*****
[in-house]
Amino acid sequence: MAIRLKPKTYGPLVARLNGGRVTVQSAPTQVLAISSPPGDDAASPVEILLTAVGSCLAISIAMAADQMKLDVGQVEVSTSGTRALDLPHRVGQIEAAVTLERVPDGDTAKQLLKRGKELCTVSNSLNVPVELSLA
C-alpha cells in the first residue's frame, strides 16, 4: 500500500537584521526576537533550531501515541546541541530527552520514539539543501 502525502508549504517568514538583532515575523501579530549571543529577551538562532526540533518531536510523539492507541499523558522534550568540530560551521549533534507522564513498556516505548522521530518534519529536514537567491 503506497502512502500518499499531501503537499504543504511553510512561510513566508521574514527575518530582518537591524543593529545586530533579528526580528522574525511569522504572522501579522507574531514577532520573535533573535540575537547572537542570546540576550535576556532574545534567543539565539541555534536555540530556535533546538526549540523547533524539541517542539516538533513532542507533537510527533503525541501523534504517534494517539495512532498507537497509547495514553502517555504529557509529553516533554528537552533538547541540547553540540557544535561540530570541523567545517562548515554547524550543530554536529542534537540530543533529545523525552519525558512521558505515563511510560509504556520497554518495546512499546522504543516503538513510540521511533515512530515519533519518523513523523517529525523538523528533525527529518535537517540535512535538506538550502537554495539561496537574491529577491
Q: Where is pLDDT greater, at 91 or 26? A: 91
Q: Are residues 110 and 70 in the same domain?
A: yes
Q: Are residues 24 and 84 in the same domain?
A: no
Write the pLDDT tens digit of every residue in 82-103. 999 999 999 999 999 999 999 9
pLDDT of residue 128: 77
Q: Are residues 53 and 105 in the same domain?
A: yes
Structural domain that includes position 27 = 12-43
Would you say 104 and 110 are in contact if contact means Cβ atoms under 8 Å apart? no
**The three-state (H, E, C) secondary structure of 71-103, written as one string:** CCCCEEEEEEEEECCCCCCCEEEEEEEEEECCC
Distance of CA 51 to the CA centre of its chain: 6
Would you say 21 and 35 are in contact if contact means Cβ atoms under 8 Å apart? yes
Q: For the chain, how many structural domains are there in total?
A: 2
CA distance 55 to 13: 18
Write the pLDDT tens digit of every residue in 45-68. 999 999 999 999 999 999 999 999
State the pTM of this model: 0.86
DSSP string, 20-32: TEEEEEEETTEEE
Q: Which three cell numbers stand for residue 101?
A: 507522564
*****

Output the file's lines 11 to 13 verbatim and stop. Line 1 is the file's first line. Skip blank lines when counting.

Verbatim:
Q: Are residues 53 and 105 in the same domain?
A: yes
Structural domain that includes position 27 = 12-43